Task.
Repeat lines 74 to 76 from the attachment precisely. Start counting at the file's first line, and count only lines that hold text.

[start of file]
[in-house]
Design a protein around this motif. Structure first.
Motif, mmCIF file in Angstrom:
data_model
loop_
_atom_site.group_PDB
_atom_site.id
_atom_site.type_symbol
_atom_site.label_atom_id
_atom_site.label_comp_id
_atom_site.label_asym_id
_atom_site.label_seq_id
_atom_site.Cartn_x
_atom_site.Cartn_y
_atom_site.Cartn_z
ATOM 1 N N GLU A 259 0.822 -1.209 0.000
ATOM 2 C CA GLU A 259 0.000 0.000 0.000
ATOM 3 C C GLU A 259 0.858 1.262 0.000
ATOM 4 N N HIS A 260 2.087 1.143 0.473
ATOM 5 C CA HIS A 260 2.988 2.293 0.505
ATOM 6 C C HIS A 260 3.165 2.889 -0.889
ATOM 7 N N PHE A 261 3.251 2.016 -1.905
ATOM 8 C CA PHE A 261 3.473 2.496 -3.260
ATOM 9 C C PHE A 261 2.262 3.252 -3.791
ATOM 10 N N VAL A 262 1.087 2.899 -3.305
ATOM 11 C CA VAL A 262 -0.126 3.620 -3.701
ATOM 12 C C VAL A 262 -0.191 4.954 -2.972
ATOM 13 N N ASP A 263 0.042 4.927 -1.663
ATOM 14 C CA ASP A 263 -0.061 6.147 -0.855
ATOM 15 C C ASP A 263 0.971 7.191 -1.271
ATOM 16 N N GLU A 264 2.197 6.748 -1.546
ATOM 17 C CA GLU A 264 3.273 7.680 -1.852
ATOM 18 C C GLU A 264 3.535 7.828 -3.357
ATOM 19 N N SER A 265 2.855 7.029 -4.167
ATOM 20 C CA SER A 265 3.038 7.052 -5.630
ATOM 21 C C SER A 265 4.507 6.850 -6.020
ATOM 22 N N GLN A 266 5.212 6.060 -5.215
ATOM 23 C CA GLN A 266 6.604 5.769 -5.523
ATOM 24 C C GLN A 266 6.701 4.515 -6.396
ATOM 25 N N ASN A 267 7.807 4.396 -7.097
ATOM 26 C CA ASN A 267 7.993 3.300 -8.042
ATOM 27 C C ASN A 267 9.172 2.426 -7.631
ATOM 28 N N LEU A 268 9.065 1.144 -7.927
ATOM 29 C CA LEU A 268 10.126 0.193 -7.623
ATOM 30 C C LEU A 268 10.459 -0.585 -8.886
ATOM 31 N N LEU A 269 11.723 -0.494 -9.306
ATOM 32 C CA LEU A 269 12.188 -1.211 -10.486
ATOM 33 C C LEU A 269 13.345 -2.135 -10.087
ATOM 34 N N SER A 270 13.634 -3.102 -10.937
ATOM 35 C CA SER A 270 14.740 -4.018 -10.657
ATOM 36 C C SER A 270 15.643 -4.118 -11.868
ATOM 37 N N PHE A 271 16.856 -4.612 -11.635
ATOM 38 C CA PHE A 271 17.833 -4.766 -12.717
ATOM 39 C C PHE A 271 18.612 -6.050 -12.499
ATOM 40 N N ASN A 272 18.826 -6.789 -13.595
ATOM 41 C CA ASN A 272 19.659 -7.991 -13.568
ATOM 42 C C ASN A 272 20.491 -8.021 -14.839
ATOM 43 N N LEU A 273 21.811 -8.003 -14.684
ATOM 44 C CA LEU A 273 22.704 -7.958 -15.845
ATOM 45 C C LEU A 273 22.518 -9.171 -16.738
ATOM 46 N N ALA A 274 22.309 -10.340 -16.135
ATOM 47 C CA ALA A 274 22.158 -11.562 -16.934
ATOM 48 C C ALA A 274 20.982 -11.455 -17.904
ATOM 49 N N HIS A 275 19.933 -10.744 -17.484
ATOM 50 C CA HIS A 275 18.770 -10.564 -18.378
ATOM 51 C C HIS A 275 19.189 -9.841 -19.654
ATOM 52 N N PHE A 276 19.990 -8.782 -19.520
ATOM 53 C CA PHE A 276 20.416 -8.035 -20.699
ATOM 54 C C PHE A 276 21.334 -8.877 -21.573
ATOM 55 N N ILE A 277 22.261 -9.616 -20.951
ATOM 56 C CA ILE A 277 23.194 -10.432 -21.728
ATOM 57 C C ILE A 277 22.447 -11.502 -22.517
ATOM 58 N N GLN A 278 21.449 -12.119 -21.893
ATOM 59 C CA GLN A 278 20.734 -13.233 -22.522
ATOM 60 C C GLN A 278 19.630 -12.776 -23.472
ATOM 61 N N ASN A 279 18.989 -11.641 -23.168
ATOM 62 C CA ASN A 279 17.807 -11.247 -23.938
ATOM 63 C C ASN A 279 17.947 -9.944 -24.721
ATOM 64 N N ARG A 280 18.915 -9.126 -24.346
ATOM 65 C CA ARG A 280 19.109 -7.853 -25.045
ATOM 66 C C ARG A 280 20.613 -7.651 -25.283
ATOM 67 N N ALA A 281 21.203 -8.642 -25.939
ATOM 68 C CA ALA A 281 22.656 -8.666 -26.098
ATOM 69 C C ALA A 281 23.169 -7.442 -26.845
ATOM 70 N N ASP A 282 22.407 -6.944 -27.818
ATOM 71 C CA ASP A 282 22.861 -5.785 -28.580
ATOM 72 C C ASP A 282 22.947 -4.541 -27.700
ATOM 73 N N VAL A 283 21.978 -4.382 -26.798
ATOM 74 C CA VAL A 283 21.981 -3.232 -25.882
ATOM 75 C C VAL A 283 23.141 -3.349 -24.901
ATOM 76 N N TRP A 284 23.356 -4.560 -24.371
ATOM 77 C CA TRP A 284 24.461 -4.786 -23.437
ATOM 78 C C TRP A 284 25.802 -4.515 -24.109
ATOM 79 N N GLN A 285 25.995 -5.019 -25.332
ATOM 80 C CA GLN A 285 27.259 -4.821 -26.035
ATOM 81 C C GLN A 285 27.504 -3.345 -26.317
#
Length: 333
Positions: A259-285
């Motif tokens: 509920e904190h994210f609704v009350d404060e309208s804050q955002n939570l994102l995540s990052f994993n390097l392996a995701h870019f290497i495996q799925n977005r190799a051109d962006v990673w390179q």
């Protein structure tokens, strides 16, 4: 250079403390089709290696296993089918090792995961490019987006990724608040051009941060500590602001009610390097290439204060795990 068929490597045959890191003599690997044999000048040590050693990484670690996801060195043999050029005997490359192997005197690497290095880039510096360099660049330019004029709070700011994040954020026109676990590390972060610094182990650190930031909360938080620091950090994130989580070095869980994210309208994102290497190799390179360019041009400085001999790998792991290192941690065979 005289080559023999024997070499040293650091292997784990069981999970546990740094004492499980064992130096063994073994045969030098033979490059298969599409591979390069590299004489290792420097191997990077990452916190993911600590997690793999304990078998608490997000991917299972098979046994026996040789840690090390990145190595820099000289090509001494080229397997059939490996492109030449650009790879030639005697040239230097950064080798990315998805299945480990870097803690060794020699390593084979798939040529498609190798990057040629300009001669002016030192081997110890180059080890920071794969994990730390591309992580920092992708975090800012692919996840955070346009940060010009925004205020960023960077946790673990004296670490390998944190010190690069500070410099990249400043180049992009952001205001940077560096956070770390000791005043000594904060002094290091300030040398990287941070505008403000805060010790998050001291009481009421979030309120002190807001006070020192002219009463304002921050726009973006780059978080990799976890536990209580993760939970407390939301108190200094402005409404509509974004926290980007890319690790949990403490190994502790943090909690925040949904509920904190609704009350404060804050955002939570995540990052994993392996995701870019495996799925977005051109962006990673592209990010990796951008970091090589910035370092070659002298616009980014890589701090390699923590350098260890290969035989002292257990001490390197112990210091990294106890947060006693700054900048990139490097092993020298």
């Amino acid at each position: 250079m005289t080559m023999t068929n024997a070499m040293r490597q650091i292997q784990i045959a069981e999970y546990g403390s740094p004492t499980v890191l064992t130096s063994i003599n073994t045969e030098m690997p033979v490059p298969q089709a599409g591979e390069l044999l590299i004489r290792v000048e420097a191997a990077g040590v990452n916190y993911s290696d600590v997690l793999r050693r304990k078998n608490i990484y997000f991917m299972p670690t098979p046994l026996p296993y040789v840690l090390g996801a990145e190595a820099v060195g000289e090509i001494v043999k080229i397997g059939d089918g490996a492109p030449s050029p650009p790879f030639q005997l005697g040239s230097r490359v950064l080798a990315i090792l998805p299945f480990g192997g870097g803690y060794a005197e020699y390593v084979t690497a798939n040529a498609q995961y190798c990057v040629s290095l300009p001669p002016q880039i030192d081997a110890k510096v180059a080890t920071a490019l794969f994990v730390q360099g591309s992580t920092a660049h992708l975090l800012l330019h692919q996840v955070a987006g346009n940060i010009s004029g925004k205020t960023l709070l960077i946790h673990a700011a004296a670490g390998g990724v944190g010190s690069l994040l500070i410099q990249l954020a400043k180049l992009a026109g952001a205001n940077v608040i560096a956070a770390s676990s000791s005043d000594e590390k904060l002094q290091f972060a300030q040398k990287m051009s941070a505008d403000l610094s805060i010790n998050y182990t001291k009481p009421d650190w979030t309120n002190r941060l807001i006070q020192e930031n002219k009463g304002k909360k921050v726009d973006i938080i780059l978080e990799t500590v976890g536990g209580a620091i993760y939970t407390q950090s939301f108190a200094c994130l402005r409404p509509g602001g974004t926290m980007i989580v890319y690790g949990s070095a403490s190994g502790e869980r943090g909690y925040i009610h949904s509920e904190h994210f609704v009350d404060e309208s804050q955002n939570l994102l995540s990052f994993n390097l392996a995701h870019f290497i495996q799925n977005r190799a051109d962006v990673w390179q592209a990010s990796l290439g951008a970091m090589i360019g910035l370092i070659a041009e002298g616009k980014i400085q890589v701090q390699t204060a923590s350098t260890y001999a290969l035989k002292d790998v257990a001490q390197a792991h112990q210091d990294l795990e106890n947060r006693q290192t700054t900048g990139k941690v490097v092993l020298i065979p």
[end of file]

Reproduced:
ATOM 59 C CA GLN A 278 20.734 -13.233 -22.522
ATOM 60 C C GLN A 278 19.630 -12.776 -23.472
ATOM 61 N N ASN A 279 18.989 -11.641 -23.168